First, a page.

Friday, May 16, 2014: Our warm, humid, misty, wet weather is providing excellent infection conditions for bacterial spot of stone fruits. (Our current weather also favors brown rot infection, but you already knew that!) Bacterial spot can destroy peaches, nectarines, apricots, and plums by causing lesions on fruit. The critical period for control is petal fall through shuck split, although control measures may need to be continued into the summer on susceptible cultivars. (See the Rutgers University assessments of peach-nectarine cultivar susceptibility here and susceptibility ratings plus control recommendations from Michigan here.)
The best control is achieved with applications of the antibiotic oxytetracycline (Mycoshield, FireLine), but these products are not labeled for plums and apricots. Low rates of copper can also be used to control the disease on peaches and nectarines, but I really don’t know what impact copper sprays might have on apricots and plums. On peaches and nectarines, even low rates of copper will cause leaf spotting that can be almost as severe as the damage caused by bacterial spot itself, but copper applications can keep bacteria from infecting fruit. Because of the phytotoxicity caused by copper sprays (especially if applied too close together during periods with no rain), I suggest that stone fruit growers use Mycoshield or FireLine in at least the first few applications of the season.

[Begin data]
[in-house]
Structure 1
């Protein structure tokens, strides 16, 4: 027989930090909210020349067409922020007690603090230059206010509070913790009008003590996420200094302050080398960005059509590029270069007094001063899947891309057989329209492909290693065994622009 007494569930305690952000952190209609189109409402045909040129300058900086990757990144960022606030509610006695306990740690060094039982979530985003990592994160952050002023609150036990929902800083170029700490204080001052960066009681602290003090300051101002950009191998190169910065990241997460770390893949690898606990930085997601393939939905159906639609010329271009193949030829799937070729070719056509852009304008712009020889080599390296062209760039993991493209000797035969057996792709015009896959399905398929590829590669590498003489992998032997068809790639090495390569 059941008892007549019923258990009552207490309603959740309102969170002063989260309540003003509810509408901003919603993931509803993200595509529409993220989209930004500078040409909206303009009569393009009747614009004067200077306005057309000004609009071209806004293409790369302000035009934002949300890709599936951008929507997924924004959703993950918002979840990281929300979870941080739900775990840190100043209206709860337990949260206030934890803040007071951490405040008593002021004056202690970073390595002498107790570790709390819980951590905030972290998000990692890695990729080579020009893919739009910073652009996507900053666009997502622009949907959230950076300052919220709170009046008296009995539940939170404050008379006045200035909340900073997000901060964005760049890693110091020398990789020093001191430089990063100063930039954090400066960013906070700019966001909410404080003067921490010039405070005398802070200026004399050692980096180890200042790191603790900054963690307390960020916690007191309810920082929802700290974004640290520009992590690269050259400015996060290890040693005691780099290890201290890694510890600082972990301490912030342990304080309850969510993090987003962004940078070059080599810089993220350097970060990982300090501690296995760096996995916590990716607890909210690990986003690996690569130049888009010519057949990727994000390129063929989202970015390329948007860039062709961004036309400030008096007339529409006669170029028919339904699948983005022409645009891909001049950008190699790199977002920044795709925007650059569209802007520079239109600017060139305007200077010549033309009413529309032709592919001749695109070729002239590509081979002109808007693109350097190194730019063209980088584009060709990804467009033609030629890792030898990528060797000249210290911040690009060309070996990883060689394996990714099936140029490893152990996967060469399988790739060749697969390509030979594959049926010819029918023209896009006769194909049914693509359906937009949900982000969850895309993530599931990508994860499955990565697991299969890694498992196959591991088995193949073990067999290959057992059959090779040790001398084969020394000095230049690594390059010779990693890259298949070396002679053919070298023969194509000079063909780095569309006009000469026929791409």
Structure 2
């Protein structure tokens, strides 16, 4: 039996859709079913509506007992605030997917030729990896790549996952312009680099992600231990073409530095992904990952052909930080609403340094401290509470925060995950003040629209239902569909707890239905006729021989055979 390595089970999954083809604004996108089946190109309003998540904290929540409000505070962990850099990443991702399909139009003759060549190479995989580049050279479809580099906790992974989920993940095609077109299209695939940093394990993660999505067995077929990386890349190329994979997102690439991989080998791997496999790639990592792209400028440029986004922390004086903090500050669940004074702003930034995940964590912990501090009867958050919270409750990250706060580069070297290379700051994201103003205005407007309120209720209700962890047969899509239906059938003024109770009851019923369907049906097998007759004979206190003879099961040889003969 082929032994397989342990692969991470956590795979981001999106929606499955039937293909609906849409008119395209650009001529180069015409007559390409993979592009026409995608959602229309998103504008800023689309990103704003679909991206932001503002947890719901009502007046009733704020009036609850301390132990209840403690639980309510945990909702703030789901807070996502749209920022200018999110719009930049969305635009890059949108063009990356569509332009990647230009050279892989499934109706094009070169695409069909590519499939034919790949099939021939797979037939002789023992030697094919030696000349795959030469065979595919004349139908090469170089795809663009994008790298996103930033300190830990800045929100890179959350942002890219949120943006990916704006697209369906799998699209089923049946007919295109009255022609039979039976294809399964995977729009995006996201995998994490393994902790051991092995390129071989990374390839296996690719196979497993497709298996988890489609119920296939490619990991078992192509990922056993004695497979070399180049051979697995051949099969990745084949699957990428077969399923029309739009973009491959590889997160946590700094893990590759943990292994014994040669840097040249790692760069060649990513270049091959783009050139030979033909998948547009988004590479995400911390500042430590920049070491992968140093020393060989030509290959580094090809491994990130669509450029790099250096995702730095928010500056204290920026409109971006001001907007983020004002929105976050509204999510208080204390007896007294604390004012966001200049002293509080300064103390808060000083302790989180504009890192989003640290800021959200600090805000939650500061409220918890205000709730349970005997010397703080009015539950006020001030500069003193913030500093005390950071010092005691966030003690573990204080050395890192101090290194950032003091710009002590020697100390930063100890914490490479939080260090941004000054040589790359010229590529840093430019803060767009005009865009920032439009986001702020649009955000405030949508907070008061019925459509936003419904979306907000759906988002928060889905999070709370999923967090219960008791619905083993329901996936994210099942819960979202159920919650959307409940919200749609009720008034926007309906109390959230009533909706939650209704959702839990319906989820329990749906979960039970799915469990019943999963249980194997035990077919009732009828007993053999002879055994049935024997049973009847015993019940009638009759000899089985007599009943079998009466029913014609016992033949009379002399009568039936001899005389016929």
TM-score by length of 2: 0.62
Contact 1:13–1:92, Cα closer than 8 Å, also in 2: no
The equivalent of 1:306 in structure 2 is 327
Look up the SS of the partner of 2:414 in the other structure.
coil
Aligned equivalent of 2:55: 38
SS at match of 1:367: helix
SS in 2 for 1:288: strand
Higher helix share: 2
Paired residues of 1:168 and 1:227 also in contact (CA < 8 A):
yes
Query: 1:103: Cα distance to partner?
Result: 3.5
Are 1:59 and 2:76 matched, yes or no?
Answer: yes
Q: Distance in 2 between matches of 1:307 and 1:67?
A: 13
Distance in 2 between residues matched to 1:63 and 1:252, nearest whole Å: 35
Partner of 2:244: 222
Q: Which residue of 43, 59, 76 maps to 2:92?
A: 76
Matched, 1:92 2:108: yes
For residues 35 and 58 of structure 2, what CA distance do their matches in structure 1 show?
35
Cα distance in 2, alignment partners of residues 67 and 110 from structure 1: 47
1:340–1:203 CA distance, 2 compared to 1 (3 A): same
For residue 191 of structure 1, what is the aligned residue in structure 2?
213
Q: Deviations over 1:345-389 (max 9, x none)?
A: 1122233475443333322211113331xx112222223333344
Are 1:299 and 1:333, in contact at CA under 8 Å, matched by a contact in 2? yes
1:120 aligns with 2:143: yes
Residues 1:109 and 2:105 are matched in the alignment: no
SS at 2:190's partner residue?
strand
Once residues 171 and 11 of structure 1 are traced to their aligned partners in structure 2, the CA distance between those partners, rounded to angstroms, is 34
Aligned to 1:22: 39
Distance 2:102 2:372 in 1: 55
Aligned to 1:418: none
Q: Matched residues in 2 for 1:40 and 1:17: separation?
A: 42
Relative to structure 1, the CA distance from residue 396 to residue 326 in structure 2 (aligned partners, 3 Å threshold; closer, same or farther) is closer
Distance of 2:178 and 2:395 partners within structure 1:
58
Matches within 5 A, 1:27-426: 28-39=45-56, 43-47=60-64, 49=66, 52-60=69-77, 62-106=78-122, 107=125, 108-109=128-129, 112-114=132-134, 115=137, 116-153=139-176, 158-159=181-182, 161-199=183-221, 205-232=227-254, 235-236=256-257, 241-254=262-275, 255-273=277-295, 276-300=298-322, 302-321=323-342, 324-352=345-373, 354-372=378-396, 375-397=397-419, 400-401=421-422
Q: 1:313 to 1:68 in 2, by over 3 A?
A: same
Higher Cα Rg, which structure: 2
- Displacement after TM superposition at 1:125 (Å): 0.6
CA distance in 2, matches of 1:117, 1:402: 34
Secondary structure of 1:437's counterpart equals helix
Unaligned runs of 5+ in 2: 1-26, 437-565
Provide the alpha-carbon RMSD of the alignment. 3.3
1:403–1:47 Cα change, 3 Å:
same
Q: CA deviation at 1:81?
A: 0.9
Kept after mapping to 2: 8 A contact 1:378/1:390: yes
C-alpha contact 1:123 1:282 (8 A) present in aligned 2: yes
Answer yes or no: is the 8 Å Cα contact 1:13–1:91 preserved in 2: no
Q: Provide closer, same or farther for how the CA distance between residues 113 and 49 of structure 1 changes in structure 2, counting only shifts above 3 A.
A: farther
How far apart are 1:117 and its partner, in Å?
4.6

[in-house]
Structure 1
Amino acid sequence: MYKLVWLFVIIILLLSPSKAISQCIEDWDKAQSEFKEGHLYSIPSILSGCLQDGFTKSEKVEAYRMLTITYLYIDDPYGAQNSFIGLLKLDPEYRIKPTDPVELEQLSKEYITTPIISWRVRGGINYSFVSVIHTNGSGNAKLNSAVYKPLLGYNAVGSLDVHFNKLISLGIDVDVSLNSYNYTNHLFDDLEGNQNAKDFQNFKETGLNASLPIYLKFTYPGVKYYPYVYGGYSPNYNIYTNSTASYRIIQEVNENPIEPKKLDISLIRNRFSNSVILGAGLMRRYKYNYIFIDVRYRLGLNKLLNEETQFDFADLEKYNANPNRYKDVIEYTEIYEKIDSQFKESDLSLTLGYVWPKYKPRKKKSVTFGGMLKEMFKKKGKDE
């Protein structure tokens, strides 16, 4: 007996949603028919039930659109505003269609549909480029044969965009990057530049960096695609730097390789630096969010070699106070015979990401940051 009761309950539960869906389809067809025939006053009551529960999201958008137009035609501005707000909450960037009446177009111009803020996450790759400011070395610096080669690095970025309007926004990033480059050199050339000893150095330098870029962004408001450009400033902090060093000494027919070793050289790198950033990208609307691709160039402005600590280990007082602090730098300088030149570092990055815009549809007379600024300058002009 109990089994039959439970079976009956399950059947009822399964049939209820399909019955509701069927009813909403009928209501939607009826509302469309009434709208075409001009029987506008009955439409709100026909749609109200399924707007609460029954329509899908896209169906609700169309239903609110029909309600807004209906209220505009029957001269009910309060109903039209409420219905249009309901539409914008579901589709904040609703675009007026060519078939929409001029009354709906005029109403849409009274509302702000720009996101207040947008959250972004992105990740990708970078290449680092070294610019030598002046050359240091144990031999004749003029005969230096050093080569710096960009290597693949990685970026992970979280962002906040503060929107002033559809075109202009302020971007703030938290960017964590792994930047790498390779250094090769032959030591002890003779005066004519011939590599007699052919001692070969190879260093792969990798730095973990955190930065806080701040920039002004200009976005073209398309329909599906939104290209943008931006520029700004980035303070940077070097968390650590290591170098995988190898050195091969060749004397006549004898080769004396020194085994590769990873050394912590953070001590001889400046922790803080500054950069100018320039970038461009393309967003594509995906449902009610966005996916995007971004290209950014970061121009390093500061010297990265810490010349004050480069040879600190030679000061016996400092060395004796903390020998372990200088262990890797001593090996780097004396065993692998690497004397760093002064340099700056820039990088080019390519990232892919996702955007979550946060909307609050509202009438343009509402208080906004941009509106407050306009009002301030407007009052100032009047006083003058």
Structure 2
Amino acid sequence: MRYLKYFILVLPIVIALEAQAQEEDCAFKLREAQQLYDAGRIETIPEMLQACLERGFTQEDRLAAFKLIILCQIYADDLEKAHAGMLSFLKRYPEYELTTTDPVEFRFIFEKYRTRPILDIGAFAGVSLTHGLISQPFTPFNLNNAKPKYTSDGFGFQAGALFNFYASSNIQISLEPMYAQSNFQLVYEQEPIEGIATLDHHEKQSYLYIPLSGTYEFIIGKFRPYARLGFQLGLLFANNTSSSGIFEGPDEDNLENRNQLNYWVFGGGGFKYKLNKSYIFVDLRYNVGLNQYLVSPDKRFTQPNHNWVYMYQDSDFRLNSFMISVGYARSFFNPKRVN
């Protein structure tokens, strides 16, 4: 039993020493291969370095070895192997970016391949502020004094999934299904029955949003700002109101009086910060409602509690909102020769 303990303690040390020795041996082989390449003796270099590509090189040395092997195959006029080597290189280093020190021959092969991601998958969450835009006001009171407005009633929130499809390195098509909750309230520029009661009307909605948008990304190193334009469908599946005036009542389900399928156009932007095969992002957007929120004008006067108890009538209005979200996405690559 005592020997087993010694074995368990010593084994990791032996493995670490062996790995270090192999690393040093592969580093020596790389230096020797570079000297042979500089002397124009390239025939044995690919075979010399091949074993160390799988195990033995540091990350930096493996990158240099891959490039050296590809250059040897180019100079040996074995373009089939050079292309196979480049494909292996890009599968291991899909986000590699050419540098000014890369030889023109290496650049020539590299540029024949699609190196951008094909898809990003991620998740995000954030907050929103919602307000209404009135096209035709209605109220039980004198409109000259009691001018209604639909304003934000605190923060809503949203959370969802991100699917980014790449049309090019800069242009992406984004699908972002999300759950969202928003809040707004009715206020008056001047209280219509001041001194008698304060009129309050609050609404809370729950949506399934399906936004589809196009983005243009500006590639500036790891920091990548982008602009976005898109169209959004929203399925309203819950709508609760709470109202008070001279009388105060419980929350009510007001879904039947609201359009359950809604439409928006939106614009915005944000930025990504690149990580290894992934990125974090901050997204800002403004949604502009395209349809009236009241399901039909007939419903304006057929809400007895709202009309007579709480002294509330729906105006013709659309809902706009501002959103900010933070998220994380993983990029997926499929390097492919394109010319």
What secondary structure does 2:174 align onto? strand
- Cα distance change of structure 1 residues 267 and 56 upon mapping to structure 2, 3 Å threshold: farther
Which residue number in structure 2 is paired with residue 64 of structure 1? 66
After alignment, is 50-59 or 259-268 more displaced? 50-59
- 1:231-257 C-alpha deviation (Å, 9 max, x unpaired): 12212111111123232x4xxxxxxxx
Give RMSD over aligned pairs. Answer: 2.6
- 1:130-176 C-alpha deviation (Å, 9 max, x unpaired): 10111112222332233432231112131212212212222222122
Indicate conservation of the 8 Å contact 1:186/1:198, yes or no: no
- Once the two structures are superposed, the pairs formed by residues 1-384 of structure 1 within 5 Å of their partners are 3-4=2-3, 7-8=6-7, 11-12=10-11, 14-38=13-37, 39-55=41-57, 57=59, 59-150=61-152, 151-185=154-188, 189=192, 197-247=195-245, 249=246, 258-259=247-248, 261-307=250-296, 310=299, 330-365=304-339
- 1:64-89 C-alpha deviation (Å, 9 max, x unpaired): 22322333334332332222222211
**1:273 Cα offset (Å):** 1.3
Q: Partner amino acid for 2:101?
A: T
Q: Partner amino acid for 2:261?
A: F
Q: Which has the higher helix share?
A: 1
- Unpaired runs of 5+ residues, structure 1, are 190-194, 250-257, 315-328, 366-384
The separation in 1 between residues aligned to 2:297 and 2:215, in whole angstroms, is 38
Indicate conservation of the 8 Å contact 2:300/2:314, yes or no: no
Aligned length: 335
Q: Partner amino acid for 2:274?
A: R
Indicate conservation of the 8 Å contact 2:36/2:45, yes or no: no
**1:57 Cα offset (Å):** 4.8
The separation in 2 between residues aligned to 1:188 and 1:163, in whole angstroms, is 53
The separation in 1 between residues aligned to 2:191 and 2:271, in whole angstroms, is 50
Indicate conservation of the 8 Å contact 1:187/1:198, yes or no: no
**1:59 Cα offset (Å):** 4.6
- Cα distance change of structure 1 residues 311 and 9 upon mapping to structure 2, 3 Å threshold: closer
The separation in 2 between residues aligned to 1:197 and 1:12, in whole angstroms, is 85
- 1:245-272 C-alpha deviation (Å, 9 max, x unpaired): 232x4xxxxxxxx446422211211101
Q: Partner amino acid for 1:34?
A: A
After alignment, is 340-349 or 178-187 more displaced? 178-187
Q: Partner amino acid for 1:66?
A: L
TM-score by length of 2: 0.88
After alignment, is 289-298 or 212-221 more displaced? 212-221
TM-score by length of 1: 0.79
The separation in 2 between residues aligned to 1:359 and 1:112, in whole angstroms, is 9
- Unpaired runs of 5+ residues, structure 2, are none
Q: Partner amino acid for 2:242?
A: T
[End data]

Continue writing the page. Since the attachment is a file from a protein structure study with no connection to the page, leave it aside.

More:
For more details managing bacterial spot, see the excellent article by Dr. Norm Lalancette that just appeared in the Rutger’s Plant and Pest Advisory. Note that his comments on using Mycoshield/FireLine appear in the last paragraph of the article. I am not certain if all of the copper products listed in the article are registered in New York, so check product labels carefully, as always.